Carol laughed. “Stay please, Laurel. I’d love the company.”


Laurel considered the offer seriously this time. “Thank you, Carol. Your offer is a godsend.”


“Great. Let’s get your stuff moved. We will have to make a few trips since that darn elevator is out of order again.” Carol, with the box in hand, made her way toward the staircase.


“I’ll find another place to stay tomorrow. How hard can it be?” Laurel picked up a box and followed Carol. “So what do you and Jacs call me?”


Carol chuckled. “Angel.”



Christen Jamison glared at her brother, Hank. “I’m not going to waste my breath on that explanation,” she said.


Hank Jamison rapped his fingers on his desk and gave Christen an icy stare. “The company needs to downsize, Chris.” He folded his arms. “Do you want me to let you go?”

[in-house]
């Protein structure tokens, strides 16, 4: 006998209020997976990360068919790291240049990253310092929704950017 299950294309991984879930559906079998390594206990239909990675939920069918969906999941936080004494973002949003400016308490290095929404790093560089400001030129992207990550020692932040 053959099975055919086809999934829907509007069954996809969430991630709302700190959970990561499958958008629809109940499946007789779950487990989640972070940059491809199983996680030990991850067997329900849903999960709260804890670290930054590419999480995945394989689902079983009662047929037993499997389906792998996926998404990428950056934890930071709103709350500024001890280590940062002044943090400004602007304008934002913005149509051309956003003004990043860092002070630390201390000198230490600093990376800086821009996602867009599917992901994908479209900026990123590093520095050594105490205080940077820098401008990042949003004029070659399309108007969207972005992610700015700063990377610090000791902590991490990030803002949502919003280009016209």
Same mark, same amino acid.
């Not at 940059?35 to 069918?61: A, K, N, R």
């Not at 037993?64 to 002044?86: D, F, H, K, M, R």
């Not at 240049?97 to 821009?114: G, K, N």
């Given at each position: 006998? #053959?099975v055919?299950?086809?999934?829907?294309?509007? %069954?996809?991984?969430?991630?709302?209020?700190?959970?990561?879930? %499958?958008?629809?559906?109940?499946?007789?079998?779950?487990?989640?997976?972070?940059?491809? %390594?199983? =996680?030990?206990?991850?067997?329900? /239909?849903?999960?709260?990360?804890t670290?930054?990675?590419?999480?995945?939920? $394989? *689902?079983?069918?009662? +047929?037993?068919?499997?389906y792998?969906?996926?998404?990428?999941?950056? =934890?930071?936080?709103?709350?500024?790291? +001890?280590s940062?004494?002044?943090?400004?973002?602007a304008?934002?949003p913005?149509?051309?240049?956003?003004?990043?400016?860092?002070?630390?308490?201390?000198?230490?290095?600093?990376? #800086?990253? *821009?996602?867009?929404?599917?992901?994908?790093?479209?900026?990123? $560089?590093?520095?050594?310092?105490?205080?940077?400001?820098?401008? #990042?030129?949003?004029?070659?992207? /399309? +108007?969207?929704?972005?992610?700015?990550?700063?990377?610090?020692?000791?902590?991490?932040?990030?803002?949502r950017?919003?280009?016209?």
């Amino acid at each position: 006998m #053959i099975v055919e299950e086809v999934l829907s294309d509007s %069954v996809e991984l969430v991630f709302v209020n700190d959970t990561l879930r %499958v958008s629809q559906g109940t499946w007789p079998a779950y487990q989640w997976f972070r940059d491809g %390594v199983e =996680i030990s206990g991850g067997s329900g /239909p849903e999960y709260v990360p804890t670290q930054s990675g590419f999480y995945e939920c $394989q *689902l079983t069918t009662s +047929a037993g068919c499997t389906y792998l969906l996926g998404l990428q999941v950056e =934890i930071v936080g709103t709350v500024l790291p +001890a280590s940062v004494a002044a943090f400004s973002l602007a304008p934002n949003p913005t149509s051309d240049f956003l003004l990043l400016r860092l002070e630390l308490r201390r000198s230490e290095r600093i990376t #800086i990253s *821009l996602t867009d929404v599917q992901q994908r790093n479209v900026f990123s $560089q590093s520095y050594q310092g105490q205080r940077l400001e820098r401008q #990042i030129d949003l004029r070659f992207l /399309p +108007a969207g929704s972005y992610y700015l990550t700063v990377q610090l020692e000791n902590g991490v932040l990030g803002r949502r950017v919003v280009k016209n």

“If that’s necessary then sure. “What you are proposing is a cheap way of saving money for a few months—maybe weeks—and then you’ll be recruiting again for Thanksgiving. Stupid is what I call your plan.”


“Fortunately, I don’t have to listen to your advice to get it by the board. They already agree. Tough luck, sis. You will have to stomach doing all those severance paychecks and seeing those upset employees. For the life of me I don’t know why you want to be personally involved in every one we sever employment with.” Hank shrugged and flicked on his computer screen. “Lola invited you over for dinner this Saturday.”


Christen moved to the door. “Why? We haven’t been together for dinner since…oh yeah, the deal with Rayburn fashion.”


“Whatever it takes, Chris, whatever it takes. Remember it’s our inheritance. Don’t you ever forget that,” Hank snarled.